Overall, enrollment at community colleges across the country has fallen 8%, according to estimates by the National Student Clearinghouse Research Center. Quinsigamond faces a 5% drop in staff numbers, and Pedraja noted that "every 1% drop in enrollment means a hit of $ 365,000 for us".
If enrollment continues to decline fast and hard, "we could see between $ 600,000 and a million dollars ... be in the red," he added. "It just varies from black numbers to several million red numbers, depending on the means and the enrollments."
“Education is like streets; It's like libraries [and] airports. "
Despite the darkness, there's a silver lining: a combination of free college programs and creative responses to the pandemic has shown that enrollment trends may be reversed in 2020.
After the state of Michigan offered a special community college program to front-line healthcare workers, enrollments soared. More than 65,000 people have signed up to date, and that number will continue to grow before the application window closes at the end of the year.
Around $ 24 million came from the governor's Education Emergency Fund, which is part of the CARES Act.
Henry Ford Colleges will demonstrate how to wear personal protective equipment on the school's annual Discover Day in September 2019. (Photo: Henry Ford College / Facebook)
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Henry Ford President Russell Kavalhuna told Yahoo Finance that the growing interest in the Detroit School "is a light of optimism that through this tragic crisis you have people willing to invest through education."
Kavalhuna said about a quarter of school funding comes from the state and about half from enrollment. Enrollment fell by around 3.4% this year.
"There is just so much that is unknown," said Kavalhuna. “The operational challenges were significant. We laid off employees. Unlike most crises, this crisis drags on and you are constantly faced with important decisions that affect people's lives and jobs, either with insufficient information or with insufficient time. "
He stressed that state and federal aid had helped the school navigate the troubled waters of the pandemic.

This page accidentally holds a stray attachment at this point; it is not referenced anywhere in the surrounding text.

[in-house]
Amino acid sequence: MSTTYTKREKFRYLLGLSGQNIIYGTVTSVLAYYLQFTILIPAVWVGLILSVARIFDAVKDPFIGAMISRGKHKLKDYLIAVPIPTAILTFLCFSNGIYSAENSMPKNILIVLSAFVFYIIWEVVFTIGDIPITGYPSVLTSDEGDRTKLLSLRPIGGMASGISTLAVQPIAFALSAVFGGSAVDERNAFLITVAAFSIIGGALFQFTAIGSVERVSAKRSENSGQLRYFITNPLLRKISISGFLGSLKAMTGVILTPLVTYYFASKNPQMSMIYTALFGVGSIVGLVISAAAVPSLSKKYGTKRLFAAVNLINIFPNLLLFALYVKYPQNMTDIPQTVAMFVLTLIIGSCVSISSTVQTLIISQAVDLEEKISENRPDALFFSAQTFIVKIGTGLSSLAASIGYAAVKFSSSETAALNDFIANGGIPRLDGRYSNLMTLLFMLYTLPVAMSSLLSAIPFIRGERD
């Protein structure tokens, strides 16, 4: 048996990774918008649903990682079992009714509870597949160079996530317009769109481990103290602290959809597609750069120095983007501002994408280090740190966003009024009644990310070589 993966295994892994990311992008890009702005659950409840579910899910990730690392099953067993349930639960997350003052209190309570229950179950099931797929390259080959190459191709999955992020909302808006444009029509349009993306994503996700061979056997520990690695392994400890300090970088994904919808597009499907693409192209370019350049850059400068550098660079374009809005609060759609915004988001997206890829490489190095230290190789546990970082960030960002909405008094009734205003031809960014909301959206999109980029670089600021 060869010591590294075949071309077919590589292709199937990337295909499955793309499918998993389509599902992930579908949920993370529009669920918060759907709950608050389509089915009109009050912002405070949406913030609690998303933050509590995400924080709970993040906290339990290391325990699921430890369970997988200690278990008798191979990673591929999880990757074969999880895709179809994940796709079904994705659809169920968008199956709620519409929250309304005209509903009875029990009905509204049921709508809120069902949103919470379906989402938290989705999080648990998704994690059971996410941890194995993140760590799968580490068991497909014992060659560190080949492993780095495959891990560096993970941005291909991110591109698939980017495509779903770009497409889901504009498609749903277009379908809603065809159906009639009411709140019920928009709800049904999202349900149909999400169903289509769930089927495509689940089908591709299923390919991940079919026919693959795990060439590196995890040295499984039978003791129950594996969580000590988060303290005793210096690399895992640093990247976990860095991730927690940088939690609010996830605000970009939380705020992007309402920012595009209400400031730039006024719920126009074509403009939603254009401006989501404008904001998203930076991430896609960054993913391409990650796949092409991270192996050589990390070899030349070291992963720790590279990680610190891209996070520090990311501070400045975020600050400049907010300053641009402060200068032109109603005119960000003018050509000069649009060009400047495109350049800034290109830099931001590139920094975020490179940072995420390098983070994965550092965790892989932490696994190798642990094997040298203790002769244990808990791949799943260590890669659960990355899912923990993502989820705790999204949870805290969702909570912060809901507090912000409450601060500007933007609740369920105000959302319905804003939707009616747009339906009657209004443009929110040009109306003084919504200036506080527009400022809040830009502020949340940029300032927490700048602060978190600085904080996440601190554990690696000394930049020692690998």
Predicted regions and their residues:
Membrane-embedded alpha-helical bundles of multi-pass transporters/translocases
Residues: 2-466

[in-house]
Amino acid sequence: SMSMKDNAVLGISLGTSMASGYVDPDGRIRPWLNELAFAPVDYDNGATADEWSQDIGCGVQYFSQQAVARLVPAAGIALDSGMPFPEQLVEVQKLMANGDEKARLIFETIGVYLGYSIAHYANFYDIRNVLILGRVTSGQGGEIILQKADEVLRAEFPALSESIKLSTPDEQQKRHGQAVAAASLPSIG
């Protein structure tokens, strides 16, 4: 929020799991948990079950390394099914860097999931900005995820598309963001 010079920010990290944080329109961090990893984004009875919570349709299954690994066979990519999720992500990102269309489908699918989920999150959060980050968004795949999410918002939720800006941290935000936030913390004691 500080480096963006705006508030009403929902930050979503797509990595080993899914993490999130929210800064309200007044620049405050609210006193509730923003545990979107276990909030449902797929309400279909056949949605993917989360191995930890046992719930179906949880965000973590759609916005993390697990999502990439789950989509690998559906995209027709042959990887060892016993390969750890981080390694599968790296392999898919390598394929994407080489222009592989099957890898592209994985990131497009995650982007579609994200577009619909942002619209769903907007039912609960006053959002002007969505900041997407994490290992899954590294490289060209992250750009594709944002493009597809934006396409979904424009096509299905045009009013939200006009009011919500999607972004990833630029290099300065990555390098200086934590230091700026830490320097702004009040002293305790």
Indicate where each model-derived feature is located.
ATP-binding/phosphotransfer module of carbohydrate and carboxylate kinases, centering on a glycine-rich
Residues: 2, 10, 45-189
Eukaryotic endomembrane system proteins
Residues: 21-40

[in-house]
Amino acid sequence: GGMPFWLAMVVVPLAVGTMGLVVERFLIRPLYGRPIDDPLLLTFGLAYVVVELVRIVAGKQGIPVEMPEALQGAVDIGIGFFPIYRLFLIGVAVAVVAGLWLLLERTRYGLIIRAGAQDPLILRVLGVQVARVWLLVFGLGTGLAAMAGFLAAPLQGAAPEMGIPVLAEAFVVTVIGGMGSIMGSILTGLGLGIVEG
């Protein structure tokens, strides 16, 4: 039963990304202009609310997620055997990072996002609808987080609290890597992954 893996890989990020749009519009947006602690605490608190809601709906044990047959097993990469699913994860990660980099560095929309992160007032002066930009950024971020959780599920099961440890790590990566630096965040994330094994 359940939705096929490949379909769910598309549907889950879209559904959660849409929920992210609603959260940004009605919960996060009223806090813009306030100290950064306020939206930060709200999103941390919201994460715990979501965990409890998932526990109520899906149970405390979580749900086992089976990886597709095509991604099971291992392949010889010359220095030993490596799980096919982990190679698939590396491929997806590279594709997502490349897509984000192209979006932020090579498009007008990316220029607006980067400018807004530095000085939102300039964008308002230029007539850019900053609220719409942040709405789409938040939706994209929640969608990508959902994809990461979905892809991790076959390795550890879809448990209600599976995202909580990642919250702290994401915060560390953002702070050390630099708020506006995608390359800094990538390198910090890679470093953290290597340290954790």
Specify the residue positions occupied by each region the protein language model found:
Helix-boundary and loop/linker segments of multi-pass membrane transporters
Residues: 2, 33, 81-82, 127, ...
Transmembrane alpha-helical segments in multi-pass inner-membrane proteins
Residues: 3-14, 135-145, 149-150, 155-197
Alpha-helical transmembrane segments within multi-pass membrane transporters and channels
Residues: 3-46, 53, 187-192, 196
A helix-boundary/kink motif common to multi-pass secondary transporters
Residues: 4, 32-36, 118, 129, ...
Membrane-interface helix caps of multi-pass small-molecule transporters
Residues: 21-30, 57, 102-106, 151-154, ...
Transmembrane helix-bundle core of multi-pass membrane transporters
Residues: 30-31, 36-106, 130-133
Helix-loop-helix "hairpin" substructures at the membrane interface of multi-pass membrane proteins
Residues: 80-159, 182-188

“CARES funding was critical ... but was it perfect? No, ”he added. “I understand why policy makers would not allow us to make up for lost revenue. I would encourage policymakers to consider ways to achieve this goal without being so strict as to discourage institutions from serving the communities that deserve the greatest need. "
University of South Florida students Makyla Burks (L) and Eithne Silva both wear face masks as they protest in front of the Lifsey residence where USF President Steven Currall's campus takes place on July 2, 2020 in Tampa, Florida , lives. (Photo by Octavio Jones / Getty Images)
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Of the $ 14 billion allocated to higher education under the CARES Act, about $ 8.9 billion has been spent by schools to date, according to Politico. Further incentives will be crucial, added Welton of the Hope Center, although schools have not yet fully exhausted the funds from the first CARES bill.
"Just because that money has not yet been spent doesn't mean it was enough to cover the institutions' full losses," she said, adding, "the federal government underfunded higher education even before the pandemic."
The American Council on Education has called for "at least $ 120 billion for higher education" in the next economic stimulus package. The latest version of the HEROES Act, passed by the Democratic-controlled House last month but not taken up by the GOP-controlled Senate, included a total of $ 282 billion in education and childcare.
“Education is like streets; It's like libraries [and] airports, "said Kavalhun, President of Henry Ford." This is a national infrastructure that society needs. "
Continue reading:
Notre Dame back in the spotlight after the president caught in the rose garden coronavirus storm
Colleges prepare for hand-to-hand combat as enrollments and the coronavirus pandemic decline
Fewer students enrolled under COVID-19 in U.S. colleges this fall